conditions” subsection. The simulation was programmed to stop

after a predefined temperature in the coldest spot is reached and

held for a certain time.

In QuickWave-3D™ the computational domain was sub-

divided into cubic elements with 1 mm edge length (corre-

sponding to 1.5 million cells); in COMSOL Multiphysics™the

number of elements depended on the size of the sample and

varied between 9.000 and 20.000 tetrahedral elements.

Aworkstation with a dual-core processor (CPUspeed 2.6 GHz)

and RAMof 2 GBrunning a 32-bit Windows XP professional OS

was used, which allowed the simulation to be completed within

less than 2 h.

2.2.6. Model validation

Validation was performed by visually comparing simulated

and measured 3D temperature distributions results. Average

temperature profiles at measured points (hot and cold spots)

were compared with profiles provided by the model at the same

locations. A MATLAB routine was developed to plot averaged

measured temperatures within axial cross-sections at specific

points in time versus simulated ones. The routine was used to

perform a statistical analysis in order to calculate R

2

.

The sophisticated method of temperature mapping using

magnetic resonance imaging was used to measure temperatures

in three dimensions throughout the heated samples. Due to the

complexity of this approach and the space limitations, the reader is

Fig. 7. Comparison of heating curves in a hot and a cold spot in a microwave

heated cylindrical model food sample (microwave power P=19 W).

Fig. 8. Comparison of heating curves in a hot and a cold spot in a microwave

heated cylindrical model food sample (microwave power P=23.1 W).

Fig. 9. Confidence plot of simulated temperatures versus measured temperatures

of identical locations of the axial cross-section where the hottest spot is located.

(For interpretation of the coloured points, the reader is referred to the online

version of this article.)

Fig. 6. Visual comparison between the simulated (left) and the measured (right)

heating of a cross-section near the top (h=26 mm) of the microwave heated

model food cylinder (at a discrete time). (For interpretation of the coloured

scales in this figure, the reader is referred to the online version of this article.)

380 K. Knoerzer et al. / Innovative Food Science and Emerging Technologies 9 (2008) 374–384

referred to Knoerzer et al. (2005a), Knoerzer, Regier, and Schubert

(2005b), and Knoerzer (2006) for a detailed description of this

measurement technique and the underlying physical principles.

3. Results and discussion

3.1. Comparison of simulated and measured heating profile of

a model food cylinder in real time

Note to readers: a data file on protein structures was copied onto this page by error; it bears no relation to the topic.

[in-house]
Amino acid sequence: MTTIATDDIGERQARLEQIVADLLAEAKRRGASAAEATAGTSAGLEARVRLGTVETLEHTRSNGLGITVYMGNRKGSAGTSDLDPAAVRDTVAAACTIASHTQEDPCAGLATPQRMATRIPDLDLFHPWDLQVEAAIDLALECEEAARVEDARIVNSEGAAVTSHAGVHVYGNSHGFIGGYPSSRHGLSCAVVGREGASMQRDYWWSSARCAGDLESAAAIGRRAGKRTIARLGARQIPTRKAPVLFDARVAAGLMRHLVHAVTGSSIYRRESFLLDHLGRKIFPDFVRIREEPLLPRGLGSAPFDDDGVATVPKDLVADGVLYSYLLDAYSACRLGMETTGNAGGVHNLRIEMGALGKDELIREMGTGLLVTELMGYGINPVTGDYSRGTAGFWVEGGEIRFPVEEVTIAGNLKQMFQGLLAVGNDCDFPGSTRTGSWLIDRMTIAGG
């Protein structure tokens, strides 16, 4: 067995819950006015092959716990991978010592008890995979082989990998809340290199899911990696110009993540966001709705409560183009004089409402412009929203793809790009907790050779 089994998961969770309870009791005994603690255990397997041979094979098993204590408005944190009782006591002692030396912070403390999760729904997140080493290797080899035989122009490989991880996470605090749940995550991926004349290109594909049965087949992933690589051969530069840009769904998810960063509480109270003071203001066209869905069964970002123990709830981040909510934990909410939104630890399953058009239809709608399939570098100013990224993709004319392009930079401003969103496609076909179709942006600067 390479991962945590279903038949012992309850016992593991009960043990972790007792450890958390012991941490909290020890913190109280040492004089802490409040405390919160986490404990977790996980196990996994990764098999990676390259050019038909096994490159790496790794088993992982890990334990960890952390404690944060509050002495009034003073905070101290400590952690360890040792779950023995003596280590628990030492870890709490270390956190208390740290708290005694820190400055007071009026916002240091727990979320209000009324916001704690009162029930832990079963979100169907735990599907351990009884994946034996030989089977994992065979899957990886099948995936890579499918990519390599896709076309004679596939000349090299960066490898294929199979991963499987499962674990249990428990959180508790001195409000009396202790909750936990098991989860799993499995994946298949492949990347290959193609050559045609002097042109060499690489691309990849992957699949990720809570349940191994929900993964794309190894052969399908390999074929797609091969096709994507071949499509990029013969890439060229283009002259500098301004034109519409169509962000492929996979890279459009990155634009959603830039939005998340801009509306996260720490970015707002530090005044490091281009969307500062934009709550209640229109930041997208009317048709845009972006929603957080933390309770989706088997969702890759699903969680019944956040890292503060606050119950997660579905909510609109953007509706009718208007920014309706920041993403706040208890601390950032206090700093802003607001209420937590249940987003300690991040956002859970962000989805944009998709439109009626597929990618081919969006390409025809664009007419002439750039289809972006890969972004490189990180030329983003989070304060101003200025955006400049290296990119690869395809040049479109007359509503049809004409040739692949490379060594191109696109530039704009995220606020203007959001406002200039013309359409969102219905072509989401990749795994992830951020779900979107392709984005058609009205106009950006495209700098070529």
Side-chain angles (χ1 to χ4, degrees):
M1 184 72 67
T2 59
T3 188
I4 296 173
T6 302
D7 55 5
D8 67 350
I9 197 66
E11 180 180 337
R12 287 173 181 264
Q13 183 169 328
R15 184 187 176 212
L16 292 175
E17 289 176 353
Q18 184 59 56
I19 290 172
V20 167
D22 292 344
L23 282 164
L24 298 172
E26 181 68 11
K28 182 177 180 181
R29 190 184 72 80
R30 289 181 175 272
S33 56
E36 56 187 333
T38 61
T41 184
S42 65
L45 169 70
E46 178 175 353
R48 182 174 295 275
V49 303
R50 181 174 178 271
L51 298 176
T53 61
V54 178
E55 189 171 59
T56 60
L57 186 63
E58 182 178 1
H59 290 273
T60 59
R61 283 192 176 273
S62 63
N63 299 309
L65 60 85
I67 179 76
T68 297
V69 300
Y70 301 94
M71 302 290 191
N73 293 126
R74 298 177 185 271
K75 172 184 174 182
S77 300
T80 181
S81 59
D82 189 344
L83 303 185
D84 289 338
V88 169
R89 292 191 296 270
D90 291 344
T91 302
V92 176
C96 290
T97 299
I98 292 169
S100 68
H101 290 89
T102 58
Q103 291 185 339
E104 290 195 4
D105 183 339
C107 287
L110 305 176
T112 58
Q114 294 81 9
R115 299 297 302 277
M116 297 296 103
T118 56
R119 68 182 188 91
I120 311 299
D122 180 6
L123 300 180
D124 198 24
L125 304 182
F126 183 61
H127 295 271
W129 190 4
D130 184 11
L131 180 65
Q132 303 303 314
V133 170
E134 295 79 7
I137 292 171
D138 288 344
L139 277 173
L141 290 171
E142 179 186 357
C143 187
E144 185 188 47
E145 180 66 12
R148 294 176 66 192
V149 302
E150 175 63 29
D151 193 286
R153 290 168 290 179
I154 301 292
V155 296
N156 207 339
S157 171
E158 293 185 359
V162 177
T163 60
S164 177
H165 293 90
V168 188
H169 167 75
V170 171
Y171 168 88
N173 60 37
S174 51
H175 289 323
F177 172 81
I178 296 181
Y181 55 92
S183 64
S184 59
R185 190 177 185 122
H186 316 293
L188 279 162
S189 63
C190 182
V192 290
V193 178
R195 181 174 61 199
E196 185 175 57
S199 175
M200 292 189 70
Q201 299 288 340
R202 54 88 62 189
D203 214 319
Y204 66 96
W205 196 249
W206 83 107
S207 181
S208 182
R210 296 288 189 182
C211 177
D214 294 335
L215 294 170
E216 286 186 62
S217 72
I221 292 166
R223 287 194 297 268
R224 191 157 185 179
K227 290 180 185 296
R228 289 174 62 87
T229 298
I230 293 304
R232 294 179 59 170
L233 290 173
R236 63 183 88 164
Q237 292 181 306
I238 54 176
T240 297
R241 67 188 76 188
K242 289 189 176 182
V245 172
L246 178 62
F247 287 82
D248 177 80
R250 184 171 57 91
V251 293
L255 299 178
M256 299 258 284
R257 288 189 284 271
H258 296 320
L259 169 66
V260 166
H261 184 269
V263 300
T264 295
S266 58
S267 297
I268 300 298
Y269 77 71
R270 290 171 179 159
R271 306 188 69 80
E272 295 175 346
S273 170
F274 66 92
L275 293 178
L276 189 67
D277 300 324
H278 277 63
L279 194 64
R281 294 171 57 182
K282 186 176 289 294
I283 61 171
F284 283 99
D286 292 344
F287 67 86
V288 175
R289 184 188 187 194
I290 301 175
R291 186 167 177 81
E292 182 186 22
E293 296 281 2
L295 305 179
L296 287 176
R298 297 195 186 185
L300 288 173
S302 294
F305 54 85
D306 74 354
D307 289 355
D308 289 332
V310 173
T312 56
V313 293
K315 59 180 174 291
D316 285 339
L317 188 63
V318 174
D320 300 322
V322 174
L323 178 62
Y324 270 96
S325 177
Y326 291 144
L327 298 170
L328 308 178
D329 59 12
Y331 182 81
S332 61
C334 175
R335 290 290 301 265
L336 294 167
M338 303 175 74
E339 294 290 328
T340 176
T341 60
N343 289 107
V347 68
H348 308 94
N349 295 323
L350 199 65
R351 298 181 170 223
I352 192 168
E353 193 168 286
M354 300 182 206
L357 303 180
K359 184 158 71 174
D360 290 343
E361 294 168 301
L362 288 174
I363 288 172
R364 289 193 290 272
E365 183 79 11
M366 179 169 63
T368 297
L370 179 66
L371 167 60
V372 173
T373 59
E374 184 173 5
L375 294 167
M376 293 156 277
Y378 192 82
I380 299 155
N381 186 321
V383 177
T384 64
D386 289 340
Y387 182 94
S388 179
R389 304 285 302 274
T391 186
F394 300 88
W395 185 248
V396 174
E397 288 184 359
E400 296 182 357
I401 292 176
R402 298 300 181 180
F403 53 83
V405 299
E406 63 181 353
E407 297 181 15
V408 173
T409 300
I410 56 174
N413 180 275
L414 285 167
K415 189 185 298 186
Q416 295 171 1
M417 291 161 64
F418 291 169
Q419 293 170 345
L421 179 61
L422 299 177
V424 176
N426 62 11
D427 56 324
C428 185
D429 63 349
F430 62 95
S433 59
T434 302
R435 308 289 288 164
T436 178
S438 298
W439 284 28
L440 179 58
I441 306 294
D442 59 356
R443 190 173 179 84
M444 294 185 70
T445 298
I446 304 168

Simulated and measured temperature profiles throughout the

microwave treated samples are shown in three dimensions. In

this section simulation results will be compared to measure-

ments in order to validate the new simulation approach.

3.1.1. Visual comparison of 3D temperature distributions

Fig. 4 shows both simulated and measured 3D temperature

distributions in a microwave heated model food cylinder at a

discrete time of 250 s and a microwave power of 19 W.

Figs. 5 and 6 provide a close-up view of two cross-sections

of the cylinder one in the middle (h=16 mm) of the cylinder, the

second one near the top (h=26 mm).

A good qualitative agreement could be found between simu-

lation and measurement in all cases. Both simulation and measure-

ment show almost identical temperature distribution profiles.

3.1.2. Comparison of heating curves in discrete points

Figs. 7 and 8 showheating curves in a hot and a cold spot of the

heated model food cylinder at microwave powers of 19 and 23.1 W.

Good quantitative agreements were found in all cases.

3.1.3. Comparison of entire cross-sections

Fig. 9 shows a confidence plot of simulated versus measured

temperatures at different times of the heating process at identical

locations of a cross-section of the microwave treated sample. A

statistical analysis showed an R

2

greater than 0.95 which means

they are not significantly different.

3.2. Simulated heating of a chicken wing

The simulated heating of the chicken wing described in Section

2.2 and shown in Fig. 2 was performed at a microwave power of

25 W for 600 s. Fig. 10 shows the temperature distribution in the

chicken wing after heating. It is obvious that uncontrolled process

conditions lead to the development of unacceptably uneven tem-

perature distributions caused by a number of interacting factors as

described in detail in Ringle and Donaldson (1975), Sinell (1986),

Risman (1992), Buffler (1993), Ohlsson and Bengtsson (2001),

Ryynänen, Risman, and Ohlsson (2004), Wäppling-Raaholt and

Ohlsson (2005), and Knoerzer (2006).

3.3. Controlled microwave heating of a model food cylinder

In microwave heating simulation, temperature distributions

are clearly defined at any point in time. This fact allows a

feedback-control loop to be simulated on the basis of arising

temperatures to ensure uniform heating. In practice, such a

feedback-control loop is difficult to accomplish in a real life

industrial microwave process due to the necessity of measuring

3D temperature distributions in-line non-invasively.

Fig. 11 shows the heating curves for the hottest and the

coldest spot in a microwave heated cylindrical model food

Fig. 10. 3D temperature distribution in a chicken wing after microwave

treatment of 600 s (power was switched on after 200 s) as calculated using the

new simulation procedure. (For interpretation of the coloured scales in this

figure, the reader is referred to the online version of this article.)

Fig. 11. (a) Pure microwave heating (P=37 W; external temperature T

ext

=295 K). (b) Combined microwave hot air heating (P=37 W; T

ext

=333 K).